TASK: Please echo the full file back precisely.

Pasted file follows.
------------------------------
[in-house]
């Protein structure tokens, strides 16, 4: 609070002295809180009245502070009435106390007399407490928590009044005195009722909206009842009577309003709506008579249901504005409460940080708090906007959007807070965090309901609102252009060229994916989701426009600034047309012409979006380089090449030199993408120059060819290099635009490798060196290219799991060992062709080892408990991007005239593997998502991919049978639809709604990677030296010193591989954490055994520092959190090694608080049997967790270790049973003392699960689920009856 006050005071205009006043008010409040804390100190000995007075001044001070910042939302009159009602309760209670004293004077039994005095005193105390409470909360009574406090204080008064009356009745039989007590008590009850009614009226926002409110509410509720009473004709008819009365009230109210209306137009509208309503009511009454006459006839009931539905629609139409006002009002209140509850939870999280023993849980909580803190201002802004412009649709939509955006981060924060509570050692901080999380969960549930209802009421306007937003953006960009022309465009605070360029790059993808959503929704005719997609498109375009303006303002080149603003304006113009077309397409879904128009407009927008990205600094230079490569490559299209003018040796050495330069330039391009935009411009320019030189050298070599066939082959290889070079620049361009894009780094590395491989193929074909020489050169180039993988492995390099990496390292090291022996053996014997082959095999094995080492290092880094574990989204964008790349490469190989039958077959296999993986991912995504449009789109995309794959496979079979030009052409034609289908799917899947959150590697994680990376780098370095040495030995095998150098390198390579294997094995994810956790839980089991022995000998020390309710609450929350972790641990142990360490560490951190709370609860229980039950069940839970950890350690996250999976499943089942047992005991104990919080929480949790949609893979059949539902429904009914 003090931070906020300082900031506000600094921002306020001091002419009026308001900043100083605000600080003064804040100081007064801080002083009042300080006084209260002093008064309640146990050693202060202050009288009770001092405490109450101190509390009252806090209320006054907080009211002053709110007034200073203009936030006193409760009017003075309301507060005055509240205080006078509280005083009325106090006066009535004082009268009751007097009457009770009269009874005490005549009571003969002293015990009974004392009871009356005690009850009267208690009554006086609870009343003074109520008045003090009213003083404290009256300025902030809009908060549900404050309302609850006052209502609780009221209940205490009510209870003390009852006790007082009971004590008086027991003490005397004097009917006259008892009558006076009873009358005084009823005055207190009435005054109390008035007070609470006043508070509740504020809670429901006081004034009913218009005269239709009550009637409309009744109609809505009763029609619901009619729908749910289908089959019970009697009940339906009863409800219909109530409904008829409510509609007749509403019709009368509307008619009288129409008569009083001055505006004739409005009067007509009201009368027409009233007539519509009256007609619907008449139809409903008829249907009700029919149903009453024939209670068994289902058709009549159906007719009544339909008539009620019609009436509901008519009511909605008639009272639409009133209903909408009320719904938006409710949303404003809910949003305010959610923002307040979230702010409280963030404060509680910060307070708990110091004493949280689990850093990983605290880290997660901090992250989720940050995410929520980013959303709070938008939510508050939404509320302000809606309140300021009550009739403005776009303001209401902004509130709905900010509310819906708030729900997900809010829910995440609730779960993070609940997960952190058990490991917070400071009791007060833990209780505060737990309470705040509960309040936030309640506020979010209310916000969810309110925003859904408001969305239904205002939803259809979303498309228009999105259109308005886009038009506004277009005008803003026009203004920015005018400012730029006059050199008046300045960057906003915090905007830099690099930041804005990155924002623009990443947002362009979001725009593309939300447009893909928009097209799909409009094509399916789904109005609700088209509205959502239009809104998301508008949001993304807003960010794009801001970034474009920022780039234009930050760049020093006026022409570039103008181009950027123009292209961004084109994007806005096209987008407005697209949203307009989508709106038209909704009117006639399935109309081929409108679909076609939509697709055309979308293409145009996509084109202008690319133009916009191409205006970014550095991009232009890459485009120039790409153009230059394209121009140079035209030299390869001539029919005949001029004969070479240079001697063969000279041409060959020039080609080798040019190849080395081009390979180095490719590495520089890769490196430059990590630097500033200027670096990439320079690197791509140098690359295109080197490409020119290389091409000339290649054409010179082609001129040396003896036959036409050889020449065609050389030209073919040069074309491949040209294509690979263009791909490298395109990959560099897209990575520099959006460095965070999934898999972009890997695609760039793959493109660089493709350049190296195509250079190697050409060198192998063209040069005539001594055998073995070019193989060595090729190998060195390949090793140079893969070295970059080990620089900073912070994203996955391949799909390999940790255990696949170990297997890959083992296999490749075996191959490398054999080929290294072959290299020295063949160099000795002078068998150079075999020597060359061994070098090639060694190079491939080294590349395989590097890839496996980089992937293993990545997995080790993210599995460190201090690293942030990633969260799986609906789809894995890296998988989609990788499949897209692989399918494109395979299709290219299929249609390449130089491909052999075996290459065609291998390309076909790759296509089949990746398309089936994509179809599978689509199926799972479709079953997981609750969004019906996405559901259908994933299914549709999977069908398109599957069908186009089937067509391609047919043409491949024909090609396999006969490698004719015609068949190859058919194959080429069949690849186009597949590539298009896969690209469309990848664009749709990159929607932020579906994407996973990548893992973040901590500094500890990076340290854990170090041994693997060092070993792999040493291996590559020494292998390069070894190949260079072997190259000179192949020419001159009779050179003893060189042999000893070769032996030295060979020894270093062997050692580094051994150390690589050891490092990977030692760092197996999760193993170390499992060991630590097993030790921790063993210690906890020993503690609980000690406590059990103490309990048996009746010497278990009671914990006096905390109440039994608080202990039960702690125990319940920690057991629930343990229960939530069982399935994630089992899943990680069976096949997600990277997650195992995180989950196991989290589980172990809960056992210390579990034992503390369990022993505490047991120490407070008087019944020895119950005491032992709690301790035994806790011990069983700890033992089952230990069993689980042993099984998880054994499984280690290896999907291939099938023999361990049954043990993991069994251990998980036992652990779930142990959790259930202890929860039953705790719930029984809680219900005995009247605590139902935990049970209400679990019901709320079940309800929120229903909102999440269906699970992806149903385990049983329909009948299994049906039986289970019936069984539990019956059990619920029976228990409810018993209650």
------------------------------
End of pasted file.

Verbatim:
[in-house]
């Protein structure tokens, strides 16, 4: 609070002295809180009245502070009435106390007399407490928590009044005195009722909206009842009577309003709506008579249901504005409460940080708090906007959007807070965090309901609102252009060229994916989701426009600034047309012409979006380089090449030199993408120059060819290099635009490798060196290219799991060992062709080892408990991007005239593997998502991919049978639809709604990677030296010193591989954490055994520092959190090694608080049997967790270790049973003392699960689920009856 006050005071205009006043008010409040804390100190000995007075001044001070910042939302009159009602309760209670004293004077039994005095005193105390409470909360009574406090204080008064009356009745039989007590008590009850009614009226926002409110509410509720009473004709008819009365009230109210209306137009509208309503009511009454006459006839009931539905629609139409006002009002209140509850939870999280023993849980909580803190201002802004412009649709939509955006981060924060509570050692901080999380969960549930209802009421306007937003953006960009022309465009605070360029790059993808959503929704005719997609498109375009303006303002080149603003304006113009077309397409879904128009407009927008990205600094230079490569490559299209003018040796050495330069330039391009935009411009320019030189050298070599066939082959290889070079620049361009894009780094590395491989193929074909020489050169180039993988492995390099990496390292090291022996053996014997082959095999094995080492290092880094574990989204964008790349490469190989039958077959296999993986991912995504449009789109995309794959496979079979030009052409034609289908799917899947959150590697994680990376780098370095040495030995095998150098390198390579294997094995994810956790839980089991022995000998020390309710609450929350972790641990142990360490560490951190709370609860229980039950069940839970950890350690996250999976499943089942047992005991104990919080929480949790949609893979059949539902429904009914 003090931070906020300082900031506000600094921002306020001091002419009026308001900043100083605000600080003064804040100081007064801080002083009042300080006084209260002093008064309640146990050693202060202050009288009770001092405490109450101190509390009252806090209320006054907080009211002053709110007034200073203009936030006193409760009017003075309301507060005055509240205080006078509280005083009325106090006066009535004082009268009751007097009457009770009269009874005490005549009571003969002293015990009974004392009871009356005690009850009267208690009554006086609870009343003074109520008045003090009213003083404290009256300025902030809009908060549900404050309302609850006052209502609780009221209940205490009510209870003390009852006790007082009971004590008086027991003490005397004097009917006259008892009558006076009873009358005084009823005055207190009435005054109390008035007070609470006043508070509740504020809670429901006081004034009913218009005269239709009550009637409309009744109609809505009763029609619901009619729908749910289908089959019970009697009940339906009863409800219909109530409904008829409510509609007749509403019709009368509307008619009288129409008569009083001055505006004739409005009067007509009201009368027409009233007539519509009256007609619907008449139809409903008829249907009700029919149903009453024939209670068994289902058709009549159906007719009544339909008539009620019609009436509901008519009511909605008639009272639409009133209903909408009320719904938006409710949303404003809910949003305010959610923002307040979230702010409280963030404060509680910060307070708990110091004493949280689990850093990983605290880290997660901090992250989720940050995410929520980013959303709070938008939510508050939404509320302000809606309140300021009550009739403005776009303001209401902004509130709905900010509310819906708030729900997900809010829910995440609730779960993070609940997960952190058990490991917070400071009791007060833990209780505060737990309470705040509960309040936030309640506020979010209310916000969810309110925003859904408001969305239904205002939803259809979303498309228009999105259109308005886009038009506004277009005008803003026009203004920015005018400012730029006059050199008046300045960057906003915090905007830099690099930041804005990155924002623009990443947002362009979001725009593309939300447009893909928009097209799909409009094509399916789904109005609700088209509205959502239009809104998301508008949001993304807003960010794009801001970034474009920022780039234009930050760049020093006026022409570039103008181009950027123009292209961004084109994007806005096209987008407005697209949203307009989508709106038209909704009117006639399935109309081929409108679909076609939509697709055309979308293409145009996509084109202008690319133009916009191409205006970014550095991009232009890459485009120039790409153009230059394209121009140079035209030299390869001539029919005949001029004969070479240079001697063969000279041409060959020039080609080798040019190849080395081009390979180095490719590495520089890769490196430059990590630097500033200027670096990439320079690197791509140098690359295109080197490409020119290389091409000339290649054409010179082609001129040396003896036959036409050889020449065609050389030209073919040069074309491949040209294509690979263009791909490298395109990959560099897209990575520099959006460095965070999934898999972009890997695609760039793959493109660089493709350049190296195509250079190697050409060198192998063209040069005539001594055998073995070019193989060595090729190998060195390949090793140079893969070295970059080990620089900073912070994203996955391949799909390999940790255990696949170990297997890959083992296999490749075996191959490398054999080929290294072959290299020295063949160099000795002078068998150079075999020597060359061994070098090639060694190079491939080294590349395989590097890839496996980089992937293993990545997995080790993210599995460190201090690293942030990633969260799986609906789809894995890296998988989609990788499949897209692989399918494109395979299709290219299929249609390449130089491909052999075996290459065609291998390309076909790759296509089949990746398309089936994509179809599978689509199926799972479709079953997981609750969004019906996405559901259908994933299914549709999977069908398109599957069908186009089937067509391609047919043409491949024909090609396999006969490698004719015609068949190859058919194959080429069949690849186009597949590539298009896969690209469309990848664009749709990159929607932020579906994407996973990548893992973040901590500094500890990076340290854990170090041994693997060092070993792999040493291996590559020494292998390069070894190949260079072997190259000179192949020419001159009779050179003893060189042999000893070769032996030295060979020894270093062997050692580094051994150390690589050891490092990977030692760092197996999760193993170390499992060991630590097993030790921790063993210690906890020993503690609980000690406590059990103490309990048996009746010497278990009671914990006096905390109440039994608080202990039960702690125990319940920690057991629930343990229960939530069982399935994630089992899943990680069976096949997600990277997650195992995180989950196991989290589980172990809960056992210390579990034992503390369990022993505490047991120490407070008087019944020895119950005491032992709690301790035994806790011990069983700890033992089952230990069993689980042993099984998880054994499984280690290896999907291939099938023999361990049954043990993991069994251990998980036992652990779930142990959790259930202890929860039953705790719930029984809680219900005995009247605590139902935990049970209400679990019901709320079940309800929120229903909102999440269906699970992806149903385990049983329909009948299994049906039986289970019936069984539990019956059990619920029976228990409810018993209650």